Organisational Development (OD) is the systematic practice of improving an organisation’s effectiveness. Every leader, NPO/NGO or otherwise, would love to see their organisation become more effective. OD is therefore something that all leaders need to understand and be able to get involved in. Putting OD in the domain of only HR people and consultants is a mistake that many organisations have made. There are some OD processes which are more complex, risky or time consuming, which could motivate a leader to look for an OD practitioner, but even in these circumstances, understanding OD, its principles and aims, will ensure that the leader does not get mislead and can maintain oversight of the OD process.
A lot of people like to label all kinds of practices and processes ‘OD’, for example team building is often seen as OD. Team-building can be a form of OD, but calling team-building OD is like equating town planning to bricklaying. In truth, real OD follows a specific set of guidelines in how it is motivated, planned and executed. The aim of this article will be to help you, the NPO/NGO leader understand what OD is and what should guide its use (Parts 2-4 of this series of articles will explore the practical process of OD in more detail). Organisational effectiveness can mean many things, such as better structures, smoother service delivery, better stakeholder engagement, or a better organisational ‘mood’. One way of understanding organisational effectiveness, which I have borrowed from Edgar Schein (one of the major pioneers of organisational theory and research) is to divide organisational effectiveness into internal integration and external adaption.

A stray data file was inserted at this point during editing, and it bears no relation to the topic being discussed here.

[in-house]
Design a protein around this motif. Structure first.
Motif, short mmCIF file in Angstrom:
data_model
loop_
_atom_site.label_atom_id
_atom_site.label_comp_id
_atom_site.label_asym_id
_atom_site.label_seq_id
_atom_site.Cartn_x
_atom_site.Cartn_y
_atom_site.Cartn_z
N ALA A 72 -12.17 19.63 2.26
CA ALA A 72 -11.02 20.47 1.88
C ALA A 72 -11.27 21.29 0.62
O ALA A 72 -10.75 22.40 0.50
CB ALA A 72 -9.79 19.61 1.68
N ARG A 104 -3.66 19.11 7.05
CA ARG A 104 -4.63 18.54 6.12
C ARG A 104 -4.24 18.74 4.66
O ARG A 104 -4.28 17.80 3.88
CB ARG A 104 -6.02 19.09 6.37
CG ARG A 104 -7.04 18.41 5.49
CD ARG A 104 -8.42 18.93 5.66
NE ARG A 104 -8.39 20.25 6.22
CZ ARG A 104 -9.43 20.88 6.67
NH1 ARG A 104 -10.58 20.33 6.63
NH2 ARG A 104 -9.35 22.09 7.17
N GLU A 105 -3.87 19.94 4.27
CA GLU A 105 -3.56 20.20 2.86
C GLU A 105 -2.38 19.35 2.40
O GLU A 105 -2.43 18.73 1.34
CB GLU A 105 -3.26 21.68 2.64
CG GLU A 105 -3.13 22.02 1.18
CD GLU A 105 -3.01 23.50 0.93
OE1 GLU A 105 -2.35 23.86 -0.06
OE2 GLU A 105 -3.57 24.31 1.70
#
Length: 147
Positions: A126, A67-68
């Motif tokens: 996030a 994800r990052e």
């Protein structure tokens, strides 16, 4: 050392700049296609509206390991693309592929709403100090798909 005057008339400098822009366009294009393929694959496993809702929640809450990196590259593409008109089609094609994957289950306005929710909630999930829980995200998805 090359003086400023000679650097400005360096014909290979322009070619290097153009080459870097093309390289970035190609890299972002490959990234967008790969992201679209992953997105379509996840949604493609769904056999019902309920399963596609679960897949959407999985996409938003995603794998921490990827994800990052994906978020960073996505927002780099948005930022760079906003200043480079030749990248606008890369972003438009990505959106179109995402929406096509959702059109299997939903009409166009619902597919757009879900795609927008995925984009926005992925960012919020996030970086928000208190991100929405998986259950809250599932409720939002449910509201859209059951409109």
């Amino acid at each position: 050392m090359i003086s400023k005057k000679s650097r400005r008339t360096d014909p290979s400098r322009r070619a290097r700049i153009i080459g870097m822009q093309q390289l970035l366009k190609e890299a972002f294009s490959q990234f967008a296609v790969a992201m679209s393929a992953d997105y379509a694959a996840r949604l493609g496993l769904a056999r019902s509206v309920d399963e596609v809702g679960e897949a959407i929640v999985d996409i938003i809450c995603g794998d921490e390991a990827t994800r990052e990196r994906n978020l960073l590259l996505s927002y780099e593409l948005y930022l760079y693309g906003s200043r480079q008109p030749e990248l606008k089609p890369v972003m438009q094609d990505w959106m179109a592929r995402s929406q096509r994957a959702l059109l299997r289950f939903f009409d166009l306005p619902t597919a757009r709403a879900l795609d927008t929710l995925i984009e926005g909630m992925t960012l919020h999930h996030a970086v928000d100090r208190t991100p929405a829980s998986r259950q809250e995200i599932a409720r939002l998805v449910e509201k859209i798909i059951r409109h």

Essentially internal integration covers all matters related to getting the members (or departments/teams) within an organisation working together well. This covers issues such as conflict, communication, alignment of different units, organisational culture, climate, leadership, integration of technology, communication and implementation of strategy, trust, decision-making, change, and a whole lot more. Internal integration is about getting the ‘insides’ of the organisation working well to ensure the organisation can focus on and achieve its mission or purpose.
External adaption, on the other hand, is all about getting the organisation aligned with its environment. This includes variables like stakeholder relations, aligning the organisation to funders, aligning the organisation to social needs to ensure relevance, compliance to the law and regulations (including employment equity or affirmative action), relationships with other NPO/NGOs, and identifying and developing strategy. Having an organisation that works well, but is poorly aligned to its environment (eg meeting needs that are not key to society or inability to gain funding), typically results in as many problems as an organisation that is well aligned to its environment but has internal integration issues (eg torn apart internally by politics).
Like people, organisations are never in perfect shape (or at least not for long) before a new challenge comes along and begins to create problems. So do not expect your organisation not to have issues. The key for the leader is to recognise which issues are paramount, in terms of internal integration and external adaptation, and drive those issues as long as necessary or until a greater issue comes along. In general, OD does not refer to short-term, minor interventions (eg painting the office) but focuses on long-term adaptive processes (eg trying to get an organisation to become more responsive to its clients or beneficiaries, or building a stronger, sustainable leadership structure). Such long-term, complex problems may take months and years to overcome. In other words, OD does not follow a ‘problem’ or ‘flavour’ of the month approach, but is usually far more big-picture and strategic in the issues that it focuses on. It is a systematic effort to change the organisation in deeper ways such as with culture, strategy, structure or capacity.